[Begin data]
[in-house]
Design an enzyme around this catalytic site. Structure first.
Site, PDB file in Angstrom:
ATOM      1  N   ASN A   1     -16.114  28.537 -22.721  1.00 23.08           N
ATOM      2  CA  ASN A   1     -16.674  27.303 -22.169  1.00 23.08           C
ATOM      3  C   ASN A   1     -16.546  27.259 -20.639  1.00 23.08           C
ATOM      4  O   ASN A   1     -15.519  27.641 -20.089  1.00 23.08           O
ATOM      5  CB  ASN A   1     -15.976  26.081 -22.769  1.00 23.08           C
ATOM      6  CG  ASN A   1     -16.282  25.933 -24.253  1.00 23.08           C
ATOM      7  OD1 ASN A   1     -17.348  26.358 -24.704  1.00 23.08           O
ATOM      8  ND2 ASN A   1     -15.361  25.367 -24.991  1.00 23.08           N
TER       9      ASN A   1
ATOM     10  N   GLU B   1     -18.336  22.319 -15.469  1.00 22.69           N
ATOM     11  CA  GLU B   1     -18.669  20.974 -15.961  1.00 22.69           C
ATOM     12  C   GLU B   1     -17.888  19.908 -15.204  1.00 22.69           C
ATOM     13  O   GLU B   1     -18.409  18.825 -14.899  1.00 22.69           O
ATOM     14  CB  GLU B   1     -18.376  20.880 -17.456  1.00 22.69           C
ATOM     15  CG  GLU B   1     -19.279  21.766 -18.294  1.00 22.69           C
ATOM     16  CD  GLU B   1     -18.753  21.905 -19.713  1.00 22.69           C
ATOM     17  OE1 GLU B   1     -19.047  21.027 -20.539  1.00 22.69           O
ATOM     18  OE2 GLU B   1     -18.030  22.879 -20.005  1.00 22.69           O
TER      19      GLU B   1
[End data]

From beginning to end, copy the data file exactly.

[in-house]
Design an enzyme around this catalytic site. Structure first.
Site, PDB file in Angstrom:
ATOM      1  N   ASN A   1     -16.114  28.537 -22.721  1.00 23.08           N
ATOM      2  CA  ASN A   1     -16.674  27.303 -22.169  1.00 23.08           C
ATOM      3  C   ASN A   1     -16.546  27.259 -20.639  1.00 23.08           C
ATOM      4  O   ASN A   1     -15.519  27.641 -20.089  1.00 23.08           O
ATOM      5  CB  ASN A   1     -15.976  26.081 -22.769  1.00 23.08           C
ATOM      6  CG  ASN A   1     -16.282  25.933 -24.253  1.00 23.08           C
ATOM      7  OD1 ASN A   1     -17.348  26.358 -24.704  1.00 23.08           O
ATOM      8  ND2 ASN A   1     -15.361  25.367 -24.991  1.00 23.08           N
TER       9      ASN A   1
ATOM     10  N   GLU B   1     -18.336  22.319 -15.469  1.00 22.69           N
ATOM     11  CA  GLU B   1     -18.669  20.974 -15.961  1.00 22.69           C
ATOM     12  C   GLU B   1     -17.888  19.908 -15.204  1.00 22.69           C
ATOM     13  O   GLU B   1     -18.409  18.825 -14.899  1.00 22.69           O
ATOM     14  CB  GLU B   1     -18.376  20.880 -17.456  1.00 22.69           C
ATOM     15  CG  GLU B   1     -19.279  21.766 -18.294  1.00 22.69           C
ATOM     16  CD  GLU B   1     -18.753  21.905 -19.713  1.00 22.69           C
ATOM     17  OE1 GLU B   1     -19.047  21.027 -20.539  1.00 22.69           O
ATOM     18  OE2 GLU B   1     -18.030  22.879 -20.005  1.00 22.69           O
TER      19      GLU B   1